Peyton Manning, Russell Wilson exemplify opposite approaches to building a roster
Peyton Manning changed the way a quarterback is measured in the NFL.
That’s a popular refrain in the wake of his retirement, one that Trent Dilfer voiced on Twitter Sunday night and one that Brock Huard echoed Monday morning during “Brock and Salk.”
That’s true … for Manning’s generation.
He was the gold standard for the franchise quarterbacks of his era, but it’s worth contrasting his first four seasons to what Seattle’s Russell Wilson has done to wonder which blueprint teams will seek to copy.
This isn’t to argue that Wilson had a better start to his career. He was not asked nor was he expected to do nearly as much as Manning was in his first four seasons after he was drafted by a Colts team that won three games the season before he arrived.
Wilson was drafted onto a team whose offense was built around its running game and whose defense has allowed the fewest points in the league each of his four seasons. That’s not to diminish anything Wilson has accomplished. He has executed what Seattle has asked of him almost perfectly.
It’s just that he was the finishing touch for Seattle’s rebuilding effort while Manning was the starting point. He was the first quarterback to be chosen No. 1 overall in four years, and once the Colts set him in place, they began building. Their success in doing so set in place a model that others sought to follow.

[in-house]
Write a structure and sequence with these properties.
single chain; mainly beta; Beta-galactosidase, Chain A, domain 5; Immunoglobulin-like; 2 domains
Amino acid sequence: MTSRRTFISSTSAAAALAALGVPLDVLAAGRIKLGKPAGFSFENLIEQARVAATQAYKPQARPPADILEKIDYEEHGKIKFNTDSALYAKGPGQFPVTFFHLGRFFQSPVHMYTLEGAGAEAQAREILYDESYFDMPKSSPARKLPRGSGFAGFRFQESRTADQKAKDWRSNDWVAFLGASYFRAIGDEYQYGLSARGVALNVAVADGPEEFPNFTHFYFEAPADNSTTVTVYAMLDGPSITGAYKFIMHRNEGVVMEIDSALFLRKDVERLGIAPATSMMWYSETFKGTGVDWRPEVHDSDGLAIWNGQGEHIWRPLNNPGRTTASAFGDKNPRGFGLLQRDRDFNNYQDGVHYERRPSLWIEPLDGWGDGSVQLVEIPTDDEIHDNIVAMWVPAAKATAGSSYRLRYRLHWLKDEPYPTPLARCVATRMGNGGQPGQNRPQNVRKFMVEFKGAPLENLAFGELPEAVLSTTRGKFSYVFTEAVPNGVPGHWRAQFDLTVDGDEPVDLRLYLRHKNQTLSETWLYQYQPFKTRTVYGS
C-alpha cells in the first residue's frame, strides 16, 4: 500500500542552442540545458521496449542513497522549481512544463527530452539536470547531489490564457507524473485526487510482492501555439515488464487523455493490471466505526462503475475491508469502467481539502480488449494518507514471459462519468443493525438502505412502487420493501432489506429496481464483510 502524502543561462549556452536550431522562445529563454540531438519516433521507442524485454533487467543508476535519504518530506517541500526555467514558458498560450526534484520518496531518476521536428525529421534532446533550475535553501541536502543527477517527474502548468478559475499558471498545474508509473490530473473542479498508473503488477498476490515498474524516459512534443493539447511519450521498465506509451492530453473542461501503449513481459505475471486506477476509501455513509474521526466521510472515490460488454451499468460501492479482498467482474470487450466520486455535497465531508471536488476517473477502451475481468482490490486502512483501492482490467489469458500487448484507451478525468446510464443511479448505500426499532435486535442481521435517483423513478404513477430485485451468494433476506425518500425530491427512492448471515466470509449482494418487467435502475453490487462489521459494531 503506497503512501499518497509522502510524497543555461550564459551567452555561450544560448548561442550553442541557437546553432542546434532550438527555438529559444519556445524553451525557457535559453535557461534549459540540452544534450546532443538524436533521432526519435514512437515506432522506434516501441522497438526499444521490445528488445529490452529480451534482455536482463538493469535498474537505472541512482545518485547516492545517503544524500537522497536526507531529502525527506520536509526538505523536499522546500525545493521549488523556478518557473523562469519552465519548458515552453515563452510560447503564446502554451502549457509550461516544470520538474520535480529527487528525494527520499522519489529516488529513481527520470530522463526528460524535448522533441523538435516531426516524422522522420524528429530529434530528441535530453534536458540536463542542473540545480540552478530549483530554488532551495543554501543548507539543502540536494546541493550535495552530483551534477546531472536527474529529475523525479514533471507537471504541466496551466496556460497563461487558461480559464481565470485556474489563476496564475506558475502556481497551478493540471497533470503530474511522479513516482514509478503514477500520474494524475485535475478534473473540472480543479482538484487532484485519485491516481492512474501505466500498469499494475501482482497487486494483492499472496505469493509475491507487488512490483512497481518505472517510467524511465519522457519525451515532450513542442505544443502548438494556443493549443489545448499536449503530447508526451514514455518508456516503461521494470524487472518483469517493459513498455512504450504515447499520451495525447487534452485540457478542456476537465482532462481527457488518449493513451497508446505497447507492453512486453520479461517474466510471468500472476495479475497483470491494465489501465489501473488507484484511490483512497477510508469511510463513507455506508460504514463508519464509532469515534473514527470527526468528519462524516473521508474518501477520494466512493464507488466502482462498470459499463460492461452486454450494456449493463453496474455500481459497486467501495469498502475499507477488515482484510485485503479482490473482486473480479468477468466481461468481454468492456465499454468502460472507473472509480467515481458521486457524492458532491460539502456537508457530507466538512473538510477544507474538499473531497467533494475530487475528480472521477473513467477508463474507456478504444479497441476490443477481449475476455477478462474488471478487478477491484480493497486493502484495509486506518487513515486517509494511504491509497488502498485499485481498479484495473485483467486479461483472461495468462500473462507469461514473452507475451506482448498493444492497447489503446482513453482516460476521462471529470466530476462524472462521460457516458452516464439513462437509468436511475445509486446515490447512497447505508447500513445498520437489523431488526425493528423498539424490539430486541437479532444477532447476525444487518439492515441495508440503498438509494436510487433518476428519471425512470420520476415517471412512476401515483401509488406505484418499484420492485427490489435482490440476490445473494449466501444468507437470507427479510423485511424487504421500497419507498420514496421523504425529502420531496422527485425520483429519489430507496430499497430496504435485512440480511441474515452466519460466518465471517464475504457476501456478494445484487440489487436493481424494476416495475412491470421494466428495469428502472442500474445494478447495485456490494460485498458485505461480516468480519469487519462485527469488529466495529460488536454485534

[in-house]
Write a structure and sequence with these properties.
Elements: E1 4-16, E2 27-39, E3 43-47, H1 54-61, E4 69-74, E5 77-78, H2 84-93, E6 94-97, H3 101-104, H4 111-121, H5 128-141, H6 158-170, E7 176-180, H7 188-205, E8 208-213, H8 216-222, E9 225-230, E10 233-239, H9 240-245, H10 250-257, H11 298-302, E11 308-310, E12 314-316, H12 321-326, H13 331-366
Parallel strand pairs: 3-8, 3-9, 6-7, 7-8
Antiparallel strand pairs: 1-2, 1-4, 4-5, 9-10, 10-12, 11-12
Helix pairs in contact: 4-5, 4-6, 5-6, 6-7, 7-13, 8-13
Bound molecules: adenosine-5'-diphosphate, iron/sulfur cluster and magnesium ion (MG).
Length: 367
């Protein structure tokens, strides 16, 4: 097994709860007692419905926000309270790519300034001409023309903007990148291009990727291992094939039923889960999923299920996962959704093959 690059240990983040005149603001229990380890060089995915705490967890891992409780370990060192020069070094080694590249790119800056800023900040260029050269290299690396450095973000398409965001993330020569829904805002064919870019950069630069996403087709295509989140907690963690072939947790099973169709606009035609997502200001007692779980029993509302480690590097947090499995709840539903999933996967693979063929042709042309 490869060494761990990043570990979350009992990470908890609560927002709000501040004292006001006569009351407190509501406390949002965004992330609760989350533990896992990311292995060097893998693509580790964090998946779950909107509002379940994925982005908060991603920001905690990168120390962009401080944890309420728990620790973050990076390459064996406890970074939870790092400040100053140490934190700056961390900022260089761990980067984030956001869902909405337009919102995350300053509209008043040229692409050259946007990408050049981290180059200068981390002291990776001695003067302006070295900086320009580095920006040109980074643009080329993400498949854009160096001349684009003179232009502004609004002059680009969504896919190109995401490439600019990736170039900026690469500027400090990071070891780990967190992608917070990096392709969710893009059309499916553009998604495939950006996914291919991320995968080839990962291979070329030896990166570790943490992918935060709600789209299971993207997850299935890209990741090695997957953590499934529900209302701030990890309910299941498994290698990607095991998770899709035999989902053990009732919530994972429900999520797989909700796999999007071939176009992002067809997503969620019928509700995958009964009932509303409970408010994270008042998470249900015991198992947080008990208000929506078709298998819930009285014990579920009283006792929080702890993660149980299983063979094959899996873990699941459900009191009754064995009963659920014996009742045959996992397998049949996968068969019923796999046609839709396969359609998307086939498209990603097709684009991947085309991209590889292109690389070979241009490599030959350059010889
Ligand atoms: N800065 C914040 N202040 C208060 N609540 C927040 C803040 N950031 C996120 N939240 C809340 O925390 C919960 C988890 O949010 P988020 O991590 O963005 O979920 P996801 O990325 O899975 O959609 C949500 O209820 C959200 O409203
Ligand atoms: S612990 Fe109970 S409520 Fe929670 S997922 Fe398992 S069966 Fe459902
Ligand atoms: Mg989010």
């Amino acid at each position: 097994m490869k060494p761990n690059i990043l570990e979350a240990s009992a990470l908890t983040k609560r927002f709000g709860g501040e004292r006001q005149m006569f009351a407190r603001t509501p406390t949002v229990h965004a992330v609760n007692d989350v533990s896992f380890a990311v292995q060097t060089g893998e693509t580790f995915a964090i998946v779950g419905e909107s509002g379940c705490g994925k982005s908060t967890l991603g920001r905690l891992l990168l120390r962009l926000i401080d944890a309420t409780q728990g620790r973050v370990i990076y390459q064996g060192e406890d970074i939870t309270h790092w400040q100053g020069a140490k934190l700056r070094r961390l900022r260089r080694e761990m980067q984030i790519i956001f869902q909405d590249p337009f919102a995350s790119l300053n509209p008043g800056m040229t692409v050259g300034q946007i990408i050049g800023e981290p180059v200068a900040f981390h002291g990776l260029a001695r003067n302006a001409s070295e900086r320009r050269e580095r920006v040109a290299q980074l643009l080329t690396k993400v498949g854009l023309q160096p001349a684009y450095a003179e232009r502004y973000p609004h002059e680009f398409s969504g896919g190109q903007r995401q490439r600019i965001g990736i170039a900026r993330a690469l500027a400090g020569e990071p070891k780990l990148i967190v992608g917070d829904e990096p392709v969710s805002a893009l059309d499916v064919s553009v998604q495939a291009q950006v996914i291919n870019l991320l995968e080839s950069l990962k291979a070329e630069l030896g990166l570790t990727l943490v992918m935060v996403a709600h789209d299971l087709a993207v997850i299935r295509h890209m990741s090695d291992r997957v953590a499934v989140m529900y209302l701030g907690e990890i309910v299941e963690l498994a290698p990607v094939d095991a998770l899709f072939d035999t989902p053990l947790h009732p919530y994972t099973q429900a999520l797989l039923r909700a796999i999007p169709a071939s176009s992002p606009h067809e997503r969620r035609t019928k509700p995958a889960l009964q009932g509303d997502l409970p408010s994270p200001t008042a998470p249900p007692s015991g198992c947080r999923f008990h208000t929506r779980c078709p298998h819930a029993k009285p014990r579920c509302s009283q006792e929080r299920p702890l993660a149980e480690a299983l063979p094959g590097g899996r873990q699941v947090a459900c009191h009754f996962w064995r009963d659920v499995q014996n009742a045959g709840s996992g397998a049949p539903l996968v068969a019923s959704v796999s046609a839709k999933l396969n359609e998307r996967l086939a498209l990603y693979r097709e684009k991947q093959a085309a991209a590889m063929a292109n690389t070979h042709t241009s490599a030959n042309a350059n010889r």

In the 10 years before Manning entered the NFL, three quarterbacks were chosen with the No. 1 overall pick. In the 14 years after Manning came into the league, a quarterback was chosen first overall 11 times.
One of two things is true: Either the quarterbacks coming into the league in that time were better than ever before, which is kind of hard to believe when you consider that Tim Couch, David Carr and JaMarcus Russell were among the first overall picks since Manning. More likely, teams decided that the value of a quarterback was such that when you had to rebuild, you should start with the best quarterback you could acquire and go from there.
|Peyton Manning vs. Russell Wilson: First four seasons|
|Quarterback||Pass yds/G||Comp||TD||INT||Rating||Record (playoffs)|
Manning holds the record for passing yards both in a single season and in a career. He threw more touchdown passes in a season than anyone else as well as more touchdown passes in his career. He started in four different Super Bowls while playing for four different coaches.
But as he leaves the game, it’s also worth wondering whether the model of franchise building that he embodied – picking the quarterback first and letting everything else sort itself out – is the best way of doing things.
Through four seasons, Wilson hasn’t thrown for nearly as many yards as Manning had in his first four seasons. He has almost as many touchdown passes, though. And many more victories.
Manning may have changed the way quarterbacks are measured in the NFL, but he didn’t alter the formula for a successful team.